48 Hours in the Charming City of Kraków, Poland

Krakow Cover

Poland might not be the first place you’d think of as a holiday destination. But this country has everything, from its history, culture and food to the sea and mountains. And it’s a pretty affordable European destination!

The former royal capital of Poland, 21st century Kraków is a city which still retains its old-world charm. Home to multiple UNESCO World Heritage Sites and famous for its medieval core the Old Town as well as its trendy Jewish quarter Kazimierz, Kraków provides a glimpse into what Europe was like back in the day.

Krakow Auschwitz group


Everyone should be familiar with “Auschwitz” for it is a name synonymous with the greatest mass murder in history. Located in the small town of O?wi?cim outside of Kraków, Auschwitz concentration camp was the largest Nazi concentration and extermination camp during WWII where over 1.1 million people were killed.

It has since been converted into a museum and memorial with guided tours available to educate visitors. Walk through the infamous “Arbeit Macht Frei” gate, which means “work will make you free” and be prepared for an extremely eye-opening and sobering experience. Inside the camp, you’ll get a glimpse of the atrocities and unfathomable crimes that happened during The Holocaust.

From the sheer amount of personal belongings—mountains of shoes, toys, suitcases and more—of the victims to scratches on the walls of the gas chambers, fear is everywhere. History buff or not, this is one place you have to see for yourself.


When in Krakow—or any Polish city in fact—you must have at least one meal at a milk bar! A bar mleczny or milk bar is ubiquitous to Polish cuisine. Essentially a cafeteria of sorts that serves hearty Polish cuisine made primarily from carbs and dairy, this was where working-class Poles ate at post-WWII because of the value-for-money meals offered here.

It’s called a milk bar because, after WWII, the communist party wanted to make something out of the country’s huge dairy surplus. The typical menu at milk bars sees the likes of the traditional pierogi dumplings, potato pancakes and borscht among others.

Krakow Market Square


Kraków Old Town was one of the first few places in Europe to be appointed by UNESCO as a World Heritage Site. Fortunately untouched by the destruction of WWII, you can fully experience the medieval charms of this historic city.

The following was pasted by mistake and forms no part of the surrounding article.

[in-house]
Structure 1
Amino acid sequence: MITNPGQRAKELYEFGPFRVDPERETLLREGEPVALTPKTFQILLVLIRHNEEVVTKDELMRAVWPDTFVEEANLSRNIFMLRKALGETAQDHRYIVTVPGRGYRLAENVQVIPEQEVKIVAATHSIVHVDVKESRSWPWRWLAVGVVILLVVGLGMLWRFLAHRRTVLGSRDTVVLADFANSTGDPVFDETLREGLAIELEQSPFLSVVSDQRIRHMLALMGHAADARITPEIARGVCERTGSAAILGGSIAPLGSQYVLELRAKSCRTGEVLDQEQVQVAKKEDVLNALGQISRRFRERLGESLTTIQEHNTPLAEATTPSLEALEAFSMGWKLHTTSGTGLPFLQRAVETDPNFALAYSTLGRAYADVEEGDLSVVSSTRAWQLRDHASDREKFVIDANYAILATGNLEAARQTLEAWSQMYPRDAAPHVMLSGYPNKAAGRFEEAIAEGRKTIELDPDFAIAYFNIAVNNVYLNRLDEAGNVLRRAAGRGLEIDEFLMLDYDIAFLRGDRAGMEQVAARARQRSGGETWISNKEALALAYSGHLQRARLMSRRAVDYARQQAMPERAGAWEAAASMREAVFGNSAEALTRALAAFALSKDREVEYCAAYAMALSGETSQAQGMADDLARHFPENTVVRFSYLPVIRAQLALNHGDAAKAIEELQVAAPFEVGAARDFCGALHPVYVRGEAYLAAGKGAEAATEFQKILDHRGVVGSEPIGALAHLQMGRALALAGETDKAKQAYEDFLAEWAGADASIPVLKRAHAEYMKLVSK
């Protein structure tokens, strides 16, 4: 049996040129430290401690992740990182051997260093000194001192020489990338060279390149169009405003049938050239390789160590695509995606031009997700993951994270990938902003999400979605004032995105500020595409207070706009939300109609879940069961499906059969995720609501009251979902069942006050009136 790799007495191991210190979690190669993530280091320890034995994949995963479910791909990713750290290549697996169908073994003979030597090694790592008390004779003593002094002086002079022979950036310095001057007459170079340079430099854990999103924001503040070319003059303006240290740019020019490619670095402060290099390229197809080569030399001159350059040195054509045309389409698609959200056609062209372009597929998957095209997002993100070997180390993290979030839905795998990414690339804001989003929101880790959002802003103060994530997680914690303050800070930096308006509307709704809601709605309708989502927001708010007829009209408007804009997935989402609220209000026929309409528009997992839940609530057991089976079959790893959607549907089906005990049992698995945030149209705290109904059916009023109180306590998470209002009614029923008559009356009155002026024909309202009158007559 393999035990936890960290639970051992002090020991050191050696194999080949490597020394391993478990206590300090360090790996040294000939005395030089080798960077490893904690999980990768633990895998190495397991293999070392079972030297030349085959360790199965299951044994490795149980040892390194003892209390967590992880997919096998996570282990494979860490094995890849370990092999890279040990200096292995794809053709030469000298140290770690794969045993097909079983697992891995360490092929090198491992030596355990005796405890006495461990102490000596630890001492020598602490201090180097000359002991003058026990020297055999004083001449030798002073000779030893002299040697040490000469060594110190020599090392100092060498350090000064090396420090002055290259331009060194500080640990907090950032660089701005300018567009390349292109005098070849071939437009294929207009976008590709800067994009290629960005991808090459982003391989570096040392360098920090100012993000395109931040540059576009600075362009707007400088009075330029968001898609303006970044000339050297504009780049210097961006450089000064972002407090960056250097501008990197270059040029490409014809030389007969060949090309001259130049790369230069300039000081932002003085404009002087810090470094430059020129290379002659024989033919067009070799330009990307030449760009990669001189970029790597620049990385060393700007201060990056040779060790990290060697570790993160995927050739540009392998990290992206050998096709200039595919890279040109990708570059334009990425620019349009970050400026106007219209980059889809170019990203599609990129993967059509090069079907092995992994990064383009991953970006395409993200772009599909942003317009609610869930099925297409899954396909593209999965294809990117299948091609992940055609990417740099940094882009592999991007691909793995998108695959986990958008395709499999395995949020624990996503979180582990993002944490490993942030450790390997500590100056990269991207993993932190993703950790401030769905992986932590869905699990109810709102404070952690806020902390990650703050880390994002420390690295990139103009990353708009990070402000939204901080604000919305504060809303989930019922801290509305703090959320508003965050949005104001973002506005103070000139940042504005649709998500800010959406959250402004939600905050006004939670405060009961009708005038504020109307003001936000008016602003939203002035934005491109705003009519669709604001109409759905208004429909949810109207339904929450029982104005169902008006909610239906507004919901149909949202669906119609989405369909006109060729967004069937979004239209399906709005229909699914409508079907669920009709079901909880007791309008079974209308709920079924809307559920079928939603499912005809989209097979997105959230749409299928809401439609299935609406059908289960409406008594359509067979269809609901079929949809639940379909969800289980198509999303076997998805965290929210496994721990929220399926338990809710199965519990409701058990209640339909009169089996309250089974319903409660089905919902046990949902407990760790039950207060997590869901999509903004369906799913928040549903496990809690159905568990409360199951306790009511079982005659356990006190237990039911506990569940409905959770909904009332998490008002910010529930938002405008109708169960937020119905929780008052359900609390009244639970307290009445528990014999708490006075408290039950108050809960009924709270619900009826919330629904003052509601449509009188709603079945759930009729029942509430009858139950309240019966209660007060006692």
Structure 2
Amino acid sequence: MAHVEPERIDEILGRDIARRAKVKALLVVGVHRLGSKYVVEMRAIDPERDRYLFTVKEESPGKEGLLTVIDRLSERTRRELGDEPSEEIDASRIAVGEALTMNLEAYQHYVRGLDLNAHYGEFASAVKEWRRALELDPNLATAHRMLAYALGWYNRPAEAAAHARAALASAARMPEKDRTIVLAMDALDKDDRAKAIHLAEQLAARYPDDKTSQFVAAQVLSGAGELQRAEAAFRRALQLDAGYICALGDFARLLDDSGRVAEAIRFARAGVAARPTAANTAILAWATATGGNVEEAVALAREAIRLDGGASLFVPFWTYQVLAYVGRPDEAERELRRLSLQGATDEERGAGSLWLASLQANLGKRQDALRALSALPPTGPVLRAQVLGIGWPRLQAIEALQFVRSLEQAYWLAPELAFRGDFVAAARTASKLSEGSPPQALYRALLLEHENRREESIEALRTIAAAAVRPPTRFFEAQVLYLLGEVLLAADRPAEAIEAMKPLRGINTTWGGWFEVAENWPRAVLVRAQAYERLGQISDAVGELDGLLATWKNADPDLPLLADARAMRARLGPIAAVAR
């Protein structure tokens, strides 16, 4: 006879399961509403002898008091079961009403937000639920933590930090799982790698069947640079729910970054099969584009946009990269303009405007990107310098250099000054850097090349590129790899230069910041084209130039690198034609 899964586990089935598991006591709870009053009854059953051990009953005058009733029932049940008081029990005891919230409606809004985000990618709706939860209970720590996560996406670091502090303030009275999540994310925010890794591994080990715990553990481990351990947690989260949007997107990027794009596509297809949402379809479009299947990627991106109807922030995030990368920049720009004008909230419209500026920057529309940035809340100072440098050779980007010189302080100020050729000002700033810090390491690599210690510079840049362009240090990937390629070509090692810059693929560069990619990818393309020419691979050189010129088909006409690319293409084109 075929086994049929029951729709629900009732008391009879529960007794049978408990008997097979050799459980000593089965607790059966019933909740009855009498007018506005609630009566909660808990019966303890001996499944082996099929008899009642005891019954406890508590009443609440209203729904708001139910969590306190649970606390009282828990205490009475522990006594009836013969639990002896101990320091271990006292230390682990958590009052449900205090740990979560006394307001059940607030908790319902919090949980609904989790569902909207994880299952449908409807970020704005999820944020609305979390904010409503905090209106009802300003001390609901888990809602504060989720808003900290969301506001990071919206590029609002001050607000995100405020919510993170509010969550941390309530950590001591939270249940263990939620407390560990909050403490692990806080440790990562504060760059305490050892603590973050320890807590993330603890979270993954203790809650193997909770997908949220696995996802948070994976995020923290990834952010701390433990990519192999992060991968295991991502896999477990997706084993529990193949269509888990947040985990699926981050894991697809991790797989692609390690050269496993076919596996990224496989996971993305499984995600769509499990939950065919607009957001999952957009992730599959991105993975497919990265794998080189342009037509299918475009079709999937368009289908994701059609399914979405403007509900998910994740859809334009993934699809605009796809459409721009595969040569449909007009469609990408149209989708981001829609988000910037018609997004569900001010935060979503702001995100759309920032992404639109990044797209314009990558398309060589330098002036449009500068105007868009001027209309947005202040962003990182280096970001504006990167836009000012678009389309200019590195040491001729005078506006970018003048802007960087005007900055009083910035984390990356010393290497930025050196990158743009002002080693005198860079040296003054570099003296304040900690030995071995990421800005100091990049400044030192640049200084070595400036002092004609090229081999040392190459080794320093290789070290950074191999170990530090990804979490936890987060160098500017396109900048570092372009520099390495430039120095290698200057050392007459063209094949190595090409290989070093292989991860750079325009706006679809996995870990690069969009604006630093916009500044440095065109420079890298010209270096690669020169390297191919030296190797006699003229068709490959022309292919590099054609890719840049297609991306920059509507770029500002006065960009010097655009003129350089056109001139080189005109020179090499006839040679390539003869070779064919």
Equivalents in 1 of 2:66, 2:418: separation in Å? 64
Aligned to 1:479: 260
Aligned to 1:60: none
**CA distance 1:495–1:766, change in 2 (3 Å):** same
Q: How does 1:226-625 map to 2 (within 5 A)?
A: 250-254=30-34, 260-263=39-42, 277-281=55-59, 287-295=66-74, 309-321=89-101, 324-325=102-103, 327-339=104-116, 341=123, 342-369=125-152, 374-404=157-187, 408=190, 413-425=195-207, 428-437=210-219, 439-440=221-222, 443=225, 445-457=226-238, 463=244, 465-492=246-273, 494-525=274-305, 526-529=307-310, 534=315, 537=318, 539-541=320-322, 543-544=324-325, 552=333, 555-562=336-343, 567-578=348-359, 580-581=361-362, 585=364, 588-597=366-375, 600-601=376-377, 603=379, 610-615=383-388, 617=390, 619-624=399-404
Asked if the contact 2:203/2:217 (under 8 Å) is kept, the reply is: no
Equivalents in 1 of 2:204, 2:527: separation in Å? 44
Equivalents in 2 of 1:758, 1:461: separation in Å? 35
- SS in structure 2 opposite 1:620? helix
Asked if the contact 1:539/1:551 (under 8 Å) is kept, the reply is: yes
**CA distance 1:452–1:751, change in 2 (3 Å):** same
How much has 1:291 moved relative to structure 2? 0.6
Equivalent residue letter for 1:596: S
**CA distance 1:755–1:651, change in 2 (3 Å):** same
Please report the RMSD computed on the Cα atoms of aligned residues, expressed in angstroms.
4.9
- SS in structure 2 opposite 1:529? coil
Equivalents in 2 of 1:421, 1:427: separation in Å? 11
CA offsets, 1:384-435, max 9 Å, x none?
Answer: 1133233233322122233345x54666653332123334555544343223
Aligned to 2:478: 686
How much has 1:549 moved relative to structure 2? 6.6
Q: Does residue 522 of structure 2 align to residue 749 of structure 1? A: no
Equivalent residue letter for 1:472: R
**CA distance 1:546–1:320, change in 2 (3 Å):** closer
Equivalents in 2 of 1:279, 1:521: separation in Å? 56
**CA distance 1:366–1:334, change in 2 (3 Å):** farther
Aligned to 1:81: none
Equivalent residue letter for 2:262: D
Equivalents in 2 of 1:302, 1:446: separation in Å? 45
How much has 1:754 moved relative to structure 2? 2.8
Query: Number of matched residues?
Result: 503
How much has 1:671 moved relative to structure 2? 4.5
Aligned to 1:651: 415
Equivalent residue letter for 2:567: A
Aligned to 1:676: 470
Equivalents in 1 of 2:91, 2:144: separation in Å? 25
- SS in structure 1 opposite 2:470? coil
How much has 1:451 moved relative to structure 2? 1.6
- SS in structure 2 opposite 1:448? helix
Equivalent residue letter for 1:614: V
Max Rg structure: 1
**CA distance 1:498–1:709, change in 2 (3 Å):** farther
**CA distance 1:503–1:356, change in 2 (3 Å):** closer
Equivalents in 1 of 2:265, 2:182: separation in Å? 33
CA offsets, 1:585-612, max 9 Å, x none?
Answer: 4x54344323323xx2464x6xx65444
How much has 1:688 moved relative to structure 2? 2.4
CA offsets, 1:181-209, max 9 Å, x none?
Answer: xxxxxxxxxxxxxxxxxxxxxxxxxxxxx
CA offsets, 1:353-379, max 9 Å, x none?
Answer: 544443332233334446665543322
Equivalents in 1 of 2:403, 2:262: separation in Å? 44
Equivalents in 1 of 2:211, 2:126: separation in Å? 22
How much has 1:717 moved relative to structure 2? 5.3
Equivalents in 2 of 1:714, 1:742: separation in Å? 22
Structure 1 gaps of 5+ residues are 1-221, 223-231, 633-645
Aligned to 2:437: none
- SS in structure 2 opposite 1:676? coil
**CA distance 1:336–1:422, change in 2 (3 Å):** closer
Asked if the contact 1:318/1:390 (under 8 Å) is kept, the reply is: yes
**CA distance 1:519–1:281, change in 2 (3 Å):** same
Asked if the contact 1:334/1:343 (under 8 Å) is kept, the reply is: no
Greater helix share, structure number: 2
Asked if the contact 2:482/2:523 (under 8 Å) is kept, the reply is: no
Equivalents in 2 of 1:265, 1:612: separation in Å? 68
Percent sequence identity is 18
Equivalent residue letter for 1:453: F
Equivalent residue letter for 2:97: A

Many of the city’s attractions—the Town Hall Tower which is the sole remainder of the old Town Hall and Sukkienice (Cloth Hall) which is lined with souvenir shops to St. Mary’s Basilica, an important place of worship in Krakow—are situated in the Main Market Square too.

While you walk along the cobbled paths admiring the Gothic and Renaissance architecture of old townhouses, stop by one of the many street carts selling obwarzanek krakowski to have a taste of Krakow’s favourite snack.

Krakow Wawel


Follow the Royal Route from the Old Town and make your way up Wawel hill to the beautifully preserved Wawel Royal Castle. Encapsulating the essence of Polish politics and culture, the compound consists of the Wawel Cathedral and the Royal Palace which has been converted into five exhibitions. It’s especially breathtaking during sunset in the courtyard when you witness the golden rays bounce off the gold domes of Wawel Cathedral.

Krakow Kazimierz

Photo Credit: rustic.moon


Just outside the city centre is Kraków’s history-rich Jewish Quarter of Kazimierz. Exuding a vibe completely different from the Old Town, this district used to be an independent town where Jews settled down.

Today, Kazimierz has become a trendy neighbourhood buzzing with indie galleries, hipster cafés and vintage shops. It is also here where Kraków’s art scene flourishes. However, you’ll still find remnants of the community’s history along Szeroka Street where the Old Synagogue – the oldest synagogue in Poland, Remuh Synagogue and Galicia Jewish Museum are located.

Krakow Wieliczka


Go 327 metres underground to visit one of the oldest operating salt mines in the world. Wieliczka Salt Mine is on the UNESCO World Heritage Site list and also one of Poland’s official Historic Monuments. Dating back to the 13th century, this salt mine produced table salt till 2007.

The premise features a museum, an underground lake, and four chapels and statues carved out entirely from salt by miners. Wieliczka Salt Mine is open for private bookings too so those looking for a unique venue to hold your wedding, you know where to go!